A Better Way to Screen for Heart Disease?

Research suggests that using statins to lower CRP levels might save lives.

Video: The Dangers of Heart Disease
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Here's a startling stat that people tracking their numbers should know: Half of all heart-attack victims have perfectly normal cholesterol levels, and many have no risk factors at all. Experts have recently come to believe that one hidden culprit is chronic inflammation, which turns arteries into plaque magnets. But they haven't known whether treating it could actually protect the heart. A new landmark finding suggests that is the case.

If confirmed in further studies, the research, published in the current New England Journal of Medicine, could transform screening for heart disease. Nearly 18,000 people with normal cholesterol levels and no heart disease but high levels of inflammation (as measured by a marker called C-reactive protein) were randomly assigned to take either a cholesterol-lowering statin drug with anti-inflammatory effects or a placebo. The people taking a statin, for two to five years, had about a 50 percent lower risk of heart attack or stroke and a 20 percent lower risk of dying of any cause compared with those who took placebos. They also had a 46 percent lower rate of bypass surgeries and angioplasties. "These results are way beyond what we could have hoped for," says study leader Paul Ridker, director of the Center for Cardiovascular Disease Prevention at Brigham and Women's Hospital.

Benefits for all. Indeed, the so-called Jupiter trial was recently stopped a few years early, after independent reviewers wowed by the results concluded that it wouldn't be ethical to keep anyone on sugar pills. The benefits applied across the board, to women (ages 60 and over) and men (50 and over), to blacks and Hispanics as well as whites, and to both smokers and nonsmokers. "This study is very important and very well done," says David Siscovick, a professor of medicine and epidemiology and codirector of the Cardiovascular Health Research Unit at the University of Washington in Seattle. "My guess is that it will be looked at very carefully by physicians and those involved in helping make recommendations for clinical care."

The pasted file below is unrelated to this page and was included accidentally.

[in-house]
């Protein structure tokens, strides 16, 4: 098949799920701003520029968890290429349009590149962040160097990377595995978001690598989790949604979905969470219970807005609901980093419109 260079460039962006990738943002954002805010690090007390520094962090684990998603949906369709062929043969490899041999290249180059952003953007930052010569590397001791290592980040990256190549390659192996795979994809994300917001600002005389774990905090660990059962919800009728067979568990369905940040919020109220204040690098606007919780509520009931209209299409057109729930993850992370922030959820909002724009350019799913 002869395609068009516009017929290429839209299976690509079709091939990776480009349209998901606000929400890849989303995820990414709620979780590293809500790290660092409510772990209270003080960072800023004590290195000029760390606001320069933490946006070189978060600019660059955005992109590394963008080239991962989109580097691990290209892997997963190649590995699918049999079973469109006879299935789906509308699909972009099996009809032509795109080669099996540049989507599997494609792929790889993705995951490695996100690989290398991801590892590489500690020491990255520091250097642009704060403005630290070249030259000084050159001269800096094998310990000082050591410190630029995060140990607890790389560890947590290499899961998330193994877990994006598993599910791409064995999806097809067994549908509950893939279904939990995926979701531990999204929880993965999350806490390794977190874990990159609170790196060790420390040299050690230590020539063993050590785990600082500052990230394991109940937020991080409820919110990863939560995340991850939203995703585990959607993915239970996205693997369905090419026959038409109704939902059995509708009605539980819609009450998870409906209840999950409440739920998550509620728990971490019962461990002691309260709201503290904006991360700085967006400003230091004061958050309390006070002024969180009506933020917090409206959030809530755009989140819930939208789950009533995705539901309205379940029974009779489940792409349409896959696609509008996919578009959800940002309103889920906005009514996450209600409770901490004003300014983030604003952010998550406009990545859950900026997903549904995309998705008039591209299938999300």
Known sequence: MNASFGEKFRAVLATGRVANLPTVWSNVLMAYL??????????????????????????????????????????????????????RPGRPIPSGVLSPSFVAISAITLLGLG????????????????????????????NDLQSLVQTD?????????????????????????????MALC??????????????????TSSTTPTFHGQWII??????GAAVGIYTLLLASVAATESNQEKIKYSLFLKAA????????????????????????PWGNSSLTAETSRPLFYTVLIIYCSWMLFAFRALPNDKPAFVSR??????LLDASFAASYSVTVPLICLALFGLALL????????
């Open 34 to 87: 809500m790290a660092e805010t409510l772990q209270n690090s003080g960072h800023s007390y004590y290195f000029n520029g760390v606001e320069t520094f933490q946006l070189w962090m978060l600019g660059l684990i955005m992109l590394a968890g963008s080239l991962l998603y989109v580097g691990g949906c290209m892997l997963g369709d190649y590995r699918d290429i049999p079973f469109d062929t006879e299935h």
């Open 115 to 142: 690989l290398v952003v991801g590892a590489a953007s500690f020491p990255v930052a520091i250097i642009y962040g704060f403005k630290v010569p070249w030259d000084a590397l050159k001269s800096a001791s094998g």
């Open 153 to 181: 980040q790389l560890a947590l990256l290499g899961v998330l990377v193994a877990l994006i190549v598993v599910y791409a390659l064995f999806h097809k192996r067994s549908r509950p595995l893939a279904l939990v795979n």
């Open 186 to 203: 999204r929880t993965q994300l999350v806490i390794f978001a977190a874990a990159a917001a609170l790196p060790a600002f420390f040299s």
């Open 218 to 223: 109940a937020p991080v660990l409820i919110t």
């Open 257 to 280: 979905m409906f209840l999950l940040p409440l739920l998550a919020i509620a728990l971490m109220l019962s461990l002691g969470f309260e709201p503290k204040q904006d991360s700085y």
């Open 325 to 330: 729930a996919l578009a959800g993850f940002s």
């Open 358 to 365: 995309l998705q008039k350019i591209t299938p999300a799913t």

Others are less enthusiastic. While 50 percent may sound like a huge drop, in absolute terms "risk was reduced just a little bit," says Lisa Schwartz, an associate professor of medicine at the Dartmouth Institute for Health Policy and Clinical Practice. Among the 8,901 people taking a placebo, 132 heart attacks and strokes occurred during the study, compared with 64 in the same-size statin group—a fairly modest reduction in risk from 1.5 percent to 0.72 percent. And while the total number of deaths from all causes was lowered, each group experienced 12 deaths due to heart attacks and strokes. "I would have expected fewer deaths in the statin group," says Schwartz.

What's not in doubt, cardiologists agree, is that inflammation poses danger to the heart. There's no longer any question that it's part of the atherosclerosis process, says Jacques Genest, professor of medicine and director of cardiology at McGill University. Normal inflammation is a good thing; it's the body's way to repair injuries and protect itself from foreign invaders. But too much, linked to such chronic ills as smoking, diabetes, and obesity, contributes not only to artery plaque but a bursting of this plaque, which can result in a stroke- or heart attack-inducing blood clot. And previous research has suggested that high levels of CRP raise the risk of heart attacks and strokes.

The Jupiter trial found that being on a statin cut high CRP levels by 37 percent—which, to Ridker, suggests that screening for CRP should be much more widely used in heart disease risk assessment. (He helped invent the test, called "high-sensitivity CRP," and receives royalties from its sale.) Still, Ridker concedes that concluding that lowering an elevated CRP level directly benefits the arteries would be based on faith, rather than evidence. The American Heart Association says this "hasn't yet been established" and recommends thehs-CRP test only for intermediate-risk patients—those whose age, gender, cholesterol levels, blood pressure, and smoking habits translate as a 10 to 20 percent risk of heart attack over the next 10 years. (About half of the Jupiter participants had less than a 10 percent heart disease risk.) "The study doesn't totally clarify the causal role of CRP in the development of cardiac events," says AHA's president, Timothy Gardner.